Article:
SEP 16, 2015 5:00 AM PDT

Synthetic Chemists to Aid the Community for Open Antimicrobial Drug Discovery

Speaker
  • Program Coordinator: Community for Open Antimicrobial Drug Discovery, University of Queensland
    Biography
      Dr. Mark Blaskovich is Program Coordinator: Hit Validation & Chemistry for the Community for Open Antimicrobial Drug Discovery, and a Senior Research Officer at the Institute for Molecular Bioscience at The University of Queensland. He has extensive medicinal chemistry expertise and over 15 years of industrial drug development experience, most recently as Chief Operating Officer at Mimetica (Australia), where he managed the drug discovery and development program for melanocortin-5 receptor antagonists leading to a compound currently in Phase II human trials for treatment of acne. In his previous role at CEPTYR (Seattle) he led a multidisciplinary team that developed a preclinical candidate for protein tyrosine phosphatase 1B, while at Molecumetics (Seattle) he headed a $2m/yr industrial collaboration on peptidomimetic compounds targeting proteases and GPCRs. Since starting at The University of Queensland, Mark has been working on developing new antibiotics to treat drug resistant pathogens. He has published over thirty articles, is an inventor on eight patent families with over 100 granted and pending applications, and is author of 'The Handbook on Syntheses of Amino Acids'.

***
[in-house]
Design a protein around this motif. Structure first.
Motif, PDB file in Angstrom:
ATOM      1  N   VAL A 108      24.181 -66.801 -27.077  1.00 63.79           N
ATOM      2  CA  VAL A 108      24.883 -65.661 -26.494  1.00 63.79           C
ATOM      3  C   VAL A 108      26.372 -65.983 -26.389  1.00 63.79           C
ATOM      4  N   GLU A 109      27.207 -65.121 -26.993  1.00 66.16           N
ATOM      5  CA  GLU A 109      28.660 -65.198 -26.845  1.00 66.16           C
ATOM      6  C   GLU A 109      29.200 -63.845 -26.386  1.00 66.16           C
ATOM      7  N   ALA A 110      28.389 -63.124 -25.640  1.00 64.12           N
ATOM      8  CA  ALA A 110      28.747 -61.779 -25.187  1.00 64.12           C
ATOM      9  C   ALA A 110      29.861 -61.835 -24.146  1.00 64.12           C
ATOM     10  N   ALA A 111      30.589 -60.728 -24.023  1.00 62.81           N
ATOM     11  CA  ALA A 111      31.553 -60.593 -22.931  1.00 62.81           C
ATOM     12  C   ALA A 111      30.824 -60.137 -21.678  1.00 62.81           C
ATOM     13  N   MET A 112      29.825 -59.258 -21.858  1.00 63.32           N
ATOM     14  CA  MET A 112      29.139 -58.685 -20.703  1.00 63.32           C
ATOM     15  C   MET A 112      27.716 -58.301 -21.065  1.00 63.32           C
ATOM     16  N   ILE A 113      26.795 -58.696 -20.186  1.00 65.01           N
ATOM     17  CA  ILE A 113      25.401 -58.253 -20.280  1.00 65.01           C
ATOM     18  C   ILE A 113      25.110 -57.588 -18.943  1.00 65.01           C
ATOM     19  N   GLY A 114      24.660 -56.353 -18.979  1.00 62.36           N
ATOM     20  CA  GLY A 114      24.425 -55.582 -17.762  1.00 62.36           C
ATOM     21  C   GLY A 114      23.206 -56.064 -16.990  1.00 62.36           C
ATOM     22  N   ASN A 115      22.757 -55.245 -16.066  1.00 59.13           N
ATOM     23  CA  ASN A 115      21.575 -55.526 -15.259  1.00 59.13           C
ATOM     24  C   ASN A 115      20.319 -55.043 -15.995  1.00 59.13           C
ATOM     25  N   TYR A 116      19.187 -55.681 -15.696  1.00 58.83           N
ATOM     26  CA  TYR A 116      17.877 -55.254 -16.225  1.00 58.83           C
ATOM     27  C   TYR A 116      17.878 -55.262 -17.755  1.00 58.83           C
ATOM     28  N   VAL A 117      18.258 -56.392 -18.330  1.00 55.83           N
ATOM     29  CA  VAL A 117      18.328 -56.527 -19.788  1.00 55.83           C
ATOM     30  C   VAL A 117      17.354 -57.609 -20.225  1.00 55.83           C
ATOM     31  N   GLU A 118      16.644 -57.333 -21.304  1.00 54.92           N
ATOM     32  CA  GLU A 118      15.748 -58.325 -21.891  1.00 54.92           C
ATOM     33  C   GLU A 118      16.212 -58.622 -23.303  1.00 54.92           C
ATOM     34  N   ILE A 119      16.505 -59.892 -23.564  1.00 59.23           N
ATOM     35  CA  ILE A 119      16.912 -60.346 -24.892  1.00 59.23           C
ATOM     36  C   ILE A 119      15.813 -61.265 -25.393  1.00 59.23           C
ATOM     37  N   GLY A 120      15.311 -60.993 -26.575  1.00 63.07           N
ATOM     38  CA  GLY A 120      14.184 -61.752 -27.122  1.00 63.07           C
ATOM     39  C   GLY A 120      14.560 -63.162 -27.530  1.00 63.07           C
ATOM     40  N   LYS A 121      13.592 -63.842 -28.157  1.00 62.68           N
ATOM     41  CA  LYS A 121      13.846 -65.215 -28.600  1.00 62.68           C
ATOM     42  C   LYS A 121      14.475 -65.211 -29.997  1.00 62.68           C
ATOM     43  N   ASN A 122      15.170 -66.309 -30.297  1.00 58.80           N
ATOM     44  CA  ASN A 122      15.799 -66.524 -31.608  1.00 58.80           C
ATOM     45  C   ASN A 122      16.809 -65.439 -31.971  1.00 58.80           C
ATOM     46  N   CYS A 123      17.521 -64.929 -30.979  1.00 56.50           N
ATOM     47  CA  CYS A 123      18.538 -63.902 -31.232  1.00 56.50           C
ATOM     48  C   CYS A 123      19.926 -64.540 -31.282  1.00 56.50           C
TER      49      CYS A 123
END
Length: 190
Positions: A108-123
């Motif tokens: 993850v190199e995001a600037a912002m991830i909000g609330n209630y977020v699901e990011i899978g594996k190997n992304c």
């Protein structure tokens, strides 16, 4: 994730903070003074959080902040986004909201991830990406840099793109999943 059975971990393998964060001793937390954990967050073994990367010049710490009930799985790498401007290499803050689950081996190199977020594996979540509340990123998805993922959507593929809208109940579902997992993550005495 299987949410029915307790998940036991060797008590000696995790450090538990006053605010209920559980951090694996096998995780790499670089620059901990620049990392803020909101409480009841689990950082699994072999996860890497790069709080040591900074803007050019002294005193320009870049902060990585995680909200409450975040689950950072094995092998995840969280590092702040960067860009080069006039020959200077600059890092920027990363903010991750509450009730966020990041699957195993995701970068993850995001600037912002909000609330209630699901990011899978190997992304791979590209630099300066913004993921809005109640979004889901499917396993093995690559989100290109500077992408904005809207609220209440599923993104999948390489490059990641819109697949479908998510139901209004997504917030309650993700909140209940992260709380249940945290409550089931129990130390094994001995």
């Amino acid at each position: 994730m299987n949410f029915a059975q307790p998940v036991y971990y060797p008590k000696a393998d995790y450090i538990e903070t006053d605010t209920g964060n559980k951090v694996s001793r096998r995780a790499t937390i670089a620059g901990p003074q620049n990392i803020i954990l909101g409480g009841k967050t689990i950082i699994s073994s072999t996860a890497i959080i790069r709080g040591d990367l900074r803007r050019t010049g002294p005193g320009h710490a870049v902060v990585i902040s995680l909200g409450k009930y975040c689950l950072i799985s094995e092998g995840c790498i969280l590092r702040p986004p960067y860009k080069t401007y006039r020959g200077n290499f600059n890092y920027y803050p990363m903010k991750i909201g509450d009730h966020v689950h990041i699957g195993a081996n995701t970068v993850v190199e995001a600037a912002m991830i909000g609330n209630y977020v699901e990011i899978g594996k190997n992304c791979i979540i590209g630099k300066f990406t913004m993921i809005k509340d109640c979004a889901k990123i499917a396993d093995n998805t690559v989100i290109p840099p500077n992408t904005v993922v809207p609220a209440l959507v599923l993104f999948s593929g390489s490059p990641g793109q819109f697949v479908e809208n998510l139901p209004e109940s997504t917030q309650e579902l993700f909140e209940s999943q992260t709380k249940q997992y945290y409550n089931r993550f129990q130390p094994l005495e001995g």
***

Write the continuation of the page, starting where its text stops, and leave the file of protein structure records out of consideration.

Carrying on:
Abstract
    The antibiotic pipeline is broken, with a dearth of new antibiotics, a collapse in pharmaceutical company research1, and the exhaustion of chemical diversity contained in pharma libraries. "The low hanging fruit from the antibiotic tree has probably already been picked and new sources of compounds are needed."2 We believe that there is an untapped resource contained in the laboratories of synthetic organic chemists; synthetic compounds prepared for other projects that have never been tested for their antimicrobial potential. These compounds, which are sitting at the back of benches and freezers, may have been synthesised to validate new synthetic routes, develop new methodologies, or create unusual structures. A global screening initiative will uncover this significant and rich chemical diversity held outside of corporate screening collections by providing a low-barrier access to testing. Antibacterial drugs occupy a unique property space that is vastly different to drugs developed for other therapeutic areas, suggesting that commercially available chemical compounds lack the physicochemical properties ideal for activity against bacteria and therefore, a varied source of chemical diversity needs to be investigated. We have created a Wellcome Trust-supported not-for-profit Open-Access initiative, The Community for Open Antimicrobial Drug Discovery [CO-ADD], to provide unencumbered free antimicrobial screening for any interested researcher.3 CO-ADD builds upon a suite of established in vitro and in vivo assays, medicinal chemistry and core researcher expertise and aims to unearth fresh chemical diversity for the treatment of bacterial infection.

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